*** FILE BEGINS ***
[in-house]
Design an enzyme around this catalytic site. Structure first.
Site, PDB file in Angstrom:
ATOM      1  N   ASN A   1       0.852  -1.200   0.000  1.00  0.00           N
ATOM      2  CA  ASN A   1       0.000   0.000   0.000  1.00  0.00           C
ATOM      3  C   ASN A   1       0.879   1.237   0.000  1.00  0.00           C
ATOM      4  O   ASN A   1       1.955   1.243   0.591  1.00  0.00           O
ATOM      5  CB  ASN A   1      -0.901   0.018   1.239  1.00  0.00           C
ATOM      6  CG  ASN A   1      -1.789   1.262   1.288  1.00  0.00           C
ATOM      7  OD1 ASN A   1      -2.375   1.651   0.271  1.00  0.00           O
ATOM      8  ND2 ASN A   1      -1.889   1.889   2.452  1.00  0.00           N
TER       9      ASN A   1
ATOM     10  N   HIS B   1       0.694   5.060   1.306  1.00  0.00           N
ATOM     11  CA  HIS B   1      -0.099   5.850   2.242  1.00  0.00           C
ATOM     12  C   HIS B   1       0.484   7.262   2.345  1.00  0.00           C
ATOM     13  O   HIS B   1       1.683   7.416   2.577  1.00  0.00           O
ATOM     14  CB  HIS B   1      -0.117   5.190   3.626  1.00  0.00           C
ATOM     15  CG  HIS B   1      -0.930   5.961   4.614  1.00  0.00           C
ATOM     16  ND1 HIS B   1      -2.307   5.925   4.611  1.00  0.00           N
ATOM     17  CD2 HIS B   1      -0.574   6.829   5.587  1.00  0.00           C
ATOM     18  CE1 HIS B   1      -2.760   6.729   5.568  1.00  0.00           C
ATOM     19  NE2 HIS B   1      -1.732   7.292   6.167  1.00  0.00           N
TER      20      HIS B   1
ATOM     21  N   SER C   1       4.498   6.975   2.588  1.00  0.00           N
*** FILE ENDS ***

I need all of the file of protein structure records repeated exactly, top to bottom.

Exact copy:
[in-house]
Design an enzyme around this catalytic site. Structure first.
Site, PDB file in Angstrom:
ATOM      1  N   ASN A   1       0.852  -1.200   0.000  1.00  0.00           N
ATOM      2  CA  ASN A   1       0.000   0.000   0.000  1.00  0.00           C
ATOM      3  C   ASN A   1       0.879   1.237   0.000  1.00  0.00           C
ATOM      4  O   ASN A   1       1.955   1.243   0.591  1.00  0.00           O
ATOM      5  CB  ASN A   1      -0.901   0.018   1.239  1.00  0.00           C
ATOM      6  CG  ASN A   1      -1.789   1.262   1.288  1.00  0.00           C
ATOM      7  OD1 ASN A   1      -2.375   1.651   0.271  1.00  0.00           O
ATOM      8  ND2 ASN A   1      -1.889   1.889   2.452  1.00  0.00           N
TER       9      ASN A   1
ATOM     10  N   HIS B   1       0.694   5.060   1.306  1.00  0.00           N
ATOM     11  CA  HIS B   1      -0.099   5.850   2.242  1.00  0.00           C
ATOM     12  C   HIS B   1       0.484   7.262   2.345  1.00  0.00           C
ATOM     13  O   HIS B   1       1.683   7.416   2.577  1.00  0.00           O
ATOM     14  CB  HIS B   1      -0.117   5.190   3.626  1.00  0.00           C
ATOM     15  CG  HIS B   1      -0.930   5.961   4.614  1.00  0.00           C
ATOM     16  ND1 HIS B   1      -2.307   5.925   4.611  1.00  0.00           N
ATOM     17  CD2 HIS B   1      -0.574   6.829   5.587  1.00  0.00           C
ATOM     18  CE1 HIS B   1      -2.760   6.729   5.568  1.00  0.00           C
ATOM     19  NE2 HIS B   1      -1.732   7.292   6.167  1.00  0.00           N
TER      20      HIS B   1
ATOM     21  N   SER C   1       4.498   6.975   2.588  1.00  0.00           N